Questions. I go over many questions with my clients picking their brain about their business and asking many questions like how they started? Who is their competition? How is the logo going to be used? Where they intend to go? What they want to convey? Who is their target audience? ( key question in logo design).

Brainstorming. I start brainstorming ideas with my clients and many times they are excited to hear my initial ideas even before they are put to paper. I write down things relevant to the business to get the creative juices going. Many ideas have come from the initial contact with the client just doodling and sketching while talking to them over the phone. Creativity to me is like adrenaline, when it’s flowing you don’t want to stop.

Sketching. I STRONGLY BELIEVE IN THIS. Brainstorming and sketching kind of go hand in hand. I get so much creative juice out of the pencil, however sometimes it leads me into other brilliant ideas =) I highly recommend sketching ideas out, many of them. ” The pencil is mightier than the mouse.” ME

Presenting. Once I have sketched out some good solid concepts and ideas, I will clean up, vectorize and present to the client a couple good ones. I have found that clients tend to look at the imperfect detail in sketches and it’s sometimes too hard to explain how it will be cleaned up. However I do have some clients that I can present rough sketches to, I appreciate those clients.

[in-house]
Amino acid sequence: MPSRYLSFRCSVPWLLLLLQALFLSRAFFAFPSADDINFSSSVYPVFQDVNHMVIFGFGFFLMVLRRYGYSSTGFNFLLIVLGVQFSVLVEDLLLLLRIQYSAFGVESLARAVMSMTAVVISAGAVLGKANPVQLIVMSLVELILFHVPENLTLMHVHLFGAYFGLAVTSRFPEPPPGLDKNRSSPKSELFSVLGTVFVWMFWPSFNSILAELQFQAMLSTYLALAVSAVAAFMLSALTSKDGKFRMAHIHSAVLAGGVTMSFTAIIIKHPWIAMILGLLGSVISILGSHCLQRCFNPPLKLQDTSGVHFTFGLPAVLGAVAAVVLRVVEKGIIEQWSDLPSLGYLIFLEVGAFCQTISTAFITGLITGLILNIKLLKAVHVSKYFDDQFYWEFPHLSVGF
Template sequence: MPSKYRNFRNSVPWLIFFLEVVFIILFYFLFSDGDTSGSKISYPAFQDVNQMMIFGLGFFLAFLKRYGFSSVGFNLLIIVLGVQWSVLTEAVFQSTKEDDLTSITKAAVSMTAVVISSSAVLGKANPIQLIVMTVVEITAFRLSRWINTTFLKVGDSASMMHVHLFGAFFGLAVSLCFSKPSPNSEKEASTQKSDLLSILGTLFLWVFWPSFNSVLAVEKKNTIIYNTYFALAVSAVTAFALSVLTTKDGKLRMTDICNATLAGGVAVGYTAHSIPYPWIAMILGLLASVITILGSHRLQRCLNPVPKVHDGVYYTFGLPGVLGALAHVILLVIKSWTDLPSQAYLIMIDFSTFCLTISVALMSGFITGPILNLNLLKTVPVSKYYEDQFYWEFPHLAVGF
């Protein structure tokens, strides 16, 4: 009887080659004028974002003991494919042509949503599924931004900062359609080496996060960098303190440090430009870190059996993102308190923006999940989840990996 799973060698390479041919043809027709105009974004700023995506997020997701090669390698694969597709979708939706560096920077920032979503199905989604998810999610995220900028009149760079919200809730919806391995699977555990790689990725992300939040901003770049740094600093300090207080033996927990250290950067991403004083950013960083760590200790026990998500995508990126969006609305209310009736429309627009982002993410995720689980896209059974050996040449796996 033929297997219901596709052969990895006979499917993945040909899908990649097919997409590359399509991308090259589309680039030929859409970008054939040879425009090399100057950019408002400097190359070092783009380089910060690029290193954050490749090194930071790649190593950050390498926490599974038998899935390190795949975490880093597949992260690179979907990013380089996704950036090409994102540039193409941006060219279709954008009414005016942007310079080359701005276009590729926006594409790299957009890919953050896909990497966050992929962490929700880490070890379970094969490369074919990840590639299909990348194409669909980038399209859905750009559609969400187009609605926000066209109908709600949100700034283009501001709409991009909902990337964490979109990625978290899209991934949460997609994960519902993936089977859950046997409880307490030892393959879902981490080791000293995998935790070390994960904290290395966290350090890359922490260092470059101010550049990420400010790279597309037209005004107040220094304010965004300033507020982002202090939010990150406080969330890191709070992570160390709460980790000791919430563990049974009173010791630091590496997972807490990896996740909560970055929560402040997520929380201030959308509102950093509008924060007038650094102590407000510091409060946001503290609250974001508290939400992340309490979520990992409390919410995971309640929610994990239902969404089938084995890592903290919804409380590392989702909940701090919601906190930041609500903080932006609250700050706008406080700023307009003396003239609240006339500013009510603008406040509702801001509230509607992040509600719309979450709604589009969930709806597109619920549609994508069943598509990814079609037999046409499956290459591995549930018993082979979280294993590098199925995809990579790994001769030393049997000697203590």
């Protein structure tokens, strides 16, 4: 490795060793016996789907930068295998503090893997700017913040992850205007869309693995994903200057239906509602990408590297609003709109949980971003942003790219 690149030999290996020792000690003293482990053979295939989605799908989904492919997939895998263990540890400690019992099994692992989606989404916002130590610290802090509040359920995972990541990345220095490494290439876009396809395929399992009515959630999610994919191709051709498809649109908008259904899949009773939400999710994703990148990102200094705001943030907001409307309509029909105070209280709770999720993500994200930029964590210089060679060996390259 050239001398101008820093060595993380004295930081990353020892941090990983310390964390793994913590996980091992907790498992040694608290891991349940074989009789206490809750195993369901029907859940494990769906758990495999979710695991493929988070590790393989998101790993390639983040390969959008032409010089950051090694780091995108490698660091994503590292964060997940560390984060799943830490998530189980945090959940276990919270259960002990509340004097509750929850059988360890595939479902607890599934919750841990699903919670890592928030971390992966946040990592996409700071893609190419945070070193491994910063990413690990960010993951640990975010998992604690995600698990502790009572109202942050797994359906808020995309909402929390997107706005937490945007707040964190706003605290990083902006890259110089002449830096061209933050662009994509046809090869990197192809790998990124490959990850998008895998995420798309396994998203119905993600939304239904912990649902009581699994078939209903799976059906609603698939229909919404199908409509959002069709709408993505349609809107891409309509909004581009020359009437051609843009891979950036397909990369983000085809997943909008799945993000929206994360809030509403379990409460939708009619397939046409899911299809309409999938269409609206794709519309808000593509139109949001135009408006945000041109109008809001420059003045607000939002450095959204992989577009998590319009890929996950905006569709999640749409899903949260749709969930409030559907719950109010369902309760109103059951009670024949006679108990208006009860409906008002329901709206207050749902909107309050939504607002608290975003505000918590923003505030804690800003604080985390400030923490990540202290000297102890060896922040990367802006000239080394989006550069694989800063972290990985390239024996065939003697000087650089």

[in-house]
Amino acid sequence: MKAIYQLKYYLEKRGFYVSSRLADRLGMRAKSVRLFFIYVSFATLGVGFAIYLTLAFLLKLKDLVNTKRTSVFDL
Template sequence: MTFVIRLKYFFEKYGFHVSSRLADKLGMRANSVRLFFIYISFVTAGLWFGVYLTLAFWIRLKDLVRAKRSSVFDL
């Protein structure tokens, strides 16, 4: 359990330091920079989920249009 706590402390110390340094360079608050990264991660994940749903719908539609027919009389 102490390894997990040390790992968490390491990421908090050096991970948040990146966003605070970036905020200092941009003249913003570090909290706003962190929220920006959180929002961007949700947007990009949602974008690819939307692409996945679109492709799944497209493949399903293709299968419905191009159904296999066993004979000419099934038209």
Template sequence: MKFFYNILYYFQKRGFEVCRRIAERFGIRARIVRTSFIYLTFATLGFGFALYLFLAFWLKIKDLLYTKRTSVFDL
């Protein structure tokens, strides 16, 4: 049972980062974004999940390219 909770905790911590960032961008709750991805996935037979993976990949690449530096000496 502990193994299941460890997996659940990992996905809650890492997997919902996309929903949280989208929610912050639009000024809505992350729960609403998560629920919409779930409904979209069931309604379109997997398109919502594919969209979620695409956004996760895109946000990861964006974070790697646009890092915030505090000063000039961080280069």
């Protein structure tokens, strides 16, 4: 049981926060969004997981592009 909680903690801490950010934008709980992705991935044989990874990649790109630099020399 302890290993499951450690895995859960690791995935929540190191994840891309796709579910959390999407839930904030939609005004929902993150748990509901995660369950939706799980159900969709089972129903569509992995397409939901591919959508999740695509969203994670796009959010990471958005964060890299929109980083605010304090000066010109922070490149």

Final and Prep. The best part right? Not always. I actually enjoy the design part but this is the part that gives you the remaining balance and makes your clients return. Take care of this part. Even though it’s the most tedious part, it’s the most important part. Prep good clean files and only enough to get the job done right. Supplying too many file types will overwhelm the client and cause confusion down the road. I also offer my opinion and eye for clients prior to running prints or publishing work.

EyeHelp Logo

Logo name: eyehelp.org Client: Cosgrove Technology Group.

How do you present your concepts to your clients and how many do you usually provide? What final files do you deliver to your client?

I usually present my initial concepts via PDF . I usually show the logos in black and white with a couple layout options. I say 3 concepts or within a certain allowed timeframe figured into the design contract. I try to give them really good solid and conceptual designs so I put a lot of sweat and effort into my initial designs. This can be a little draining if I do not succeed on the first attempts. The final files delivered are Vectors and high resolution bitmaps and any other relevant file needed for the project.

Has there ever been a case when the client was not fully satisfied with the suggested logo designs? If yes, how did you handle that? Did you charge extra for the additional designs? How often does this happen?

OF course! I would not be human if this has not happened to me. I get told all the time. “I like it, but it is not the same as the ones in your portfolio.” Or “I want it to say WOW like your other stuff”. Building or showcasing a good strong portfolio can increase your clients but on the same token it often puts more pressure on you to WOW your audience. Everyone wants the next WOW factor logo , but sometimes it is just impossible. I just try to work through and deliver a logo that works for the client and one they can be proud of. Most of the time the client understands where I am coming from and understands that perhaps they did not choose or have the best name or business to work with… to have that mind blowing logo. My clients tend to respect my creativity, skills, work and my time so we usually will work things out. I have refunded in the past though.